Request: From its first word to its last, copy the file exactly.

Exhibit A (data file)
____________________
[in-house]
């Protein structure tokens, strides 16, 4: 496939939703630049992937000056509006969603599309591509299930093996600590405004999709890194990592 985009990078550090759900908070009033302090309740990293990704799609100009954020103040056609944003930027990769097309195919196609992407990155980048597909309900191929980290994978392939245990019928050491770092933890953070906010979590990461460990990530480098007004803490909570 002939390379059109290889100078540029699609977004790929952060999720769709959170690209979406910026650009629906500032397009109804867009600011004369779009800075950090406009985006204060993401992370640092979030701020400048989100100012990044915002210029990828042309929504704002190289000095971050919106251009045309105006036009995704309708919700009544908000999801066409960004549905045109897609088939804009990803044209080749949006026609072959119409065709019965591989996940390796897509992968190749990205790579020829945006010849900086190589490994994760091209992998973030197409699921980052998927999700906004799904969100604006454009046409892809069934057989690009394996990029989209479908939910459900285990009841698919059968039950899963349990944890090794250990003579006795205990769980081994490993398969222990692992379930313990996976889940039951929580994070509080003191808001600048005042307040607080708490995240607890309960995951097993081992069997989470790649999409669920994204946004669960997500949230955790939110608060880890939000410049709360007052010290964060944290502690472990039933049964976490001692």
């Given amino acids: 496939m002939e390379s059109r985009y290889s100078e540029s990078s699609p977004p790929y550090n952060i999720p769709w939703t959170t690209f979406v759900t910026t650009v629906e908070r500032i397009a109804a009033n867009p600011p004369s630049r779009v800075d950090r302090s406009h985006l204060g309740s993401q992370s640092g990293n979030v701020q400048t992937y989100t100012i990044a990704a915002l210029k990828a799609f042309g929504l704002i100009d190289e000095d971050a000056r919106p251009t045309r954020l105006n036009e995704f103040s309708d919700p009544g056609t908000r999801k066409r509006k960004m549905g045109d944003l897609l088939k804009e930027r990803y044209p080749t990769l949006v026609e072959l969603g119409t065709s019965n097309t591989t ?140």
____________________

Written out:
[in-house]
């Protein structure tokens, strides 16, 4: 496939939703630049992937000056509006969603599309591509299930093996600590405004999709890194990592 985009990078550090759900908070009033302090309740990293990704799609100009954020103040056609944003930027990769097309195919196609992407990155980048597909309900191929980290994978392939245990019928050491770092933890953070906010979590990461460990990530480098007004803490909570 002939390379059109290889100078540029699609977004790929952060999720769709959170690209979406910026650009629906500032397009109804867009600011004369779009800075950090406009985006204060993401992370640092979030701020400048989100100012990044915002210029990828042309929504704002190289000095971050919106251009045309105006036009995704309708919700009544908000999801066409960004549905045109897609088939804009990803044209080749949006026609072959119409065709019965591989996940390796897509992968190749990205790579020829945006010849900086190589490994994760091209992998973030197409699921980052998927999700906004799904969100604006454009046409892809069934057989690009394996990029989209479908939910459900285990009841698919059968039950899963349990944890090794250990003579006795205990769980081994490993398969222990692992379930313990996976889940039951929580994070509080003191808001600048005042307040607080708490995240607890309960995951097993081992069997989470790649999409669920994204946004669960997500949230955790939110608060880890939000410049709360007052010290964060944290502690472990039933049964976490001692």
């Given amino acids: 496939m002939e390379s059109r985009y290889s100078e540029s990078s699609p977004p790929y550090n952060i999720p769709w939703t959170t690209f979406v759900t910026t650009v629906e908070r500032i397009a109804a009033n867009p600011p004369s630049r779009v800075d950090r302090s406009h985006l204060g309740s993401q992370s640092g990293n979030v701020q400048t992937y989100t100012i990044a990704a915002l210029k990828a799609f042309g929504l704002i100009d190289e000095d971050a000056r919106p251009t045309r954020l105006n036009e995704f103040s309708d919700p009544g056609t908000r999801k066409r509006k960004m549905g045109d944003l897609l088939k804009e930027r990803y044209p080749t990769l949006v026609e072959l969603g119409t065709s019965n097309t591989t ?140």